November 2010
Featured Articles

Armadillo Control

 
   

Bring On the Pepper Sauce!

"’Possum on the half shell." I believe it was comedian Jerry Clover who coined this funny name for armadillos. Armadillos have been in Alabama since the 1940s; and I’m told only the rocky, mountainous region of northeastern Alabama has been able to hold off their steady invasion. It is pretty often I get asked about how to get rid of these pesky critters, so I thought I’d address the topic.

"Why would someone want to keep armadillos away?" you might ask. Hmmm, let me see, now. Might it be because they dig up flowers and other plants in your yard? Might it be the damage they’re doing to your lawn plants in your yard? Might it be the damage they’re doing to your lawn and those coffee can-sized holes they dig all over the place? Might it be that you’ve heard they can carry the bacterium associated with human leprosy? Let’s take a closer look at this nocturnal bandit.

Think you might have a visiting armadillo in your yard? The tell-tale signs are the holes they dig in search of invertebrates in the ground. They enjoy worms, insects and grubs, and the holes armadillos leave behind are usually about three inches wide and five inches deep. They search for food mainly at night and can seem pretty oblivious to anything else (so they may come pretty close to you). When startled, they jump in the air! That characteristic is why you see so many dead armadillos on the side of the road "belly-up." When the vehicle passes over them, they jump up and hit the frame. Whoops!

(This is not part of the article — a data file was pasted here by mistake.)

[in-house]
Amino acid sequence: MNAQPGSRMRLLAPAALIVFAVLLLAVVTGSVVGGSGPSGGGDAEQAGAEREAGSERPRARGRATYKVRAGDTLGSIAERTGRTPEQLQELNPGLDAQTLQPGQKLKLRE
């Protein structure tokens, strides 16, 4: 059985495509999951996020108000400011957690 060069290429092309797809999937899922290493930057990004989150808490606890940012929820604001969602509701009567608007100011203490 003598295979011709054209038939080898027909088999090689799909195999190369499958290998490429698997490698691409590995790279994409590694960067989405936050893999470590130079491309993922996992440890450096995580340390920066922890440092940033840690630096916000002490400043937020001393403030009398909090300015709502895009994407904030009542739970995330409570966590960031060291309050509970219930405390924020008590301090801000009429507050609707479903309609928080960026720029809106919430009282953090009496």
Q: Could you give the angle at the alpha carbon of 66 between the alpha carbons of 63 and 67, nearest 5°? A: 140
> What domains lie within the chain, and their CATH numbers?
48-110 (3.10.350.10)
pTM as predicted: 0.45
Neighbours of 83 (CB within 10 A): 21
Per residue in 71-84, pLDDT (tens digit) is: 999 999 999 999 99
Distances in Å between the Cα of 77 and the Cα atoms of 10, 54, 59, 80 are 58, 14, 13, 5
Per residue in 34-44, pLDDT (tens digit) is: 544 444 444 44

What about this leprosy thing? Didn’t all that get cured a long time ago? Apparently not. Armadillos do carry the bacterium, but there has actually been no conclusive evidence they’re the ones spreading it to humans. Still, there have been case histories of armadillo handlers contracting leprosy in Texas (though they spent many years catching, handling, skinning and eating armadillos).

I guess a more important thing to detail would be "how to control armadillo damage." Live traps baited with overripe fruit, like apples or bananas, can be used to catch delinquent armadillos. Your trap can be made much more effective if you’ll add "wings" to it. Set the trap in an area where damage is occurring and then angle two boards (something like 1"x4" or 1"x6") out away from the front of the trap to help "funnel" the armadillo in. Captured armadillos may be released in another area...or you can skin and cook them with some turnip greens! The choice is yours.

Jerry A. Chenault is an Urban Regional Extension Agent with The Alabama Cooperative Extension System, New & Nontraditional Programs division.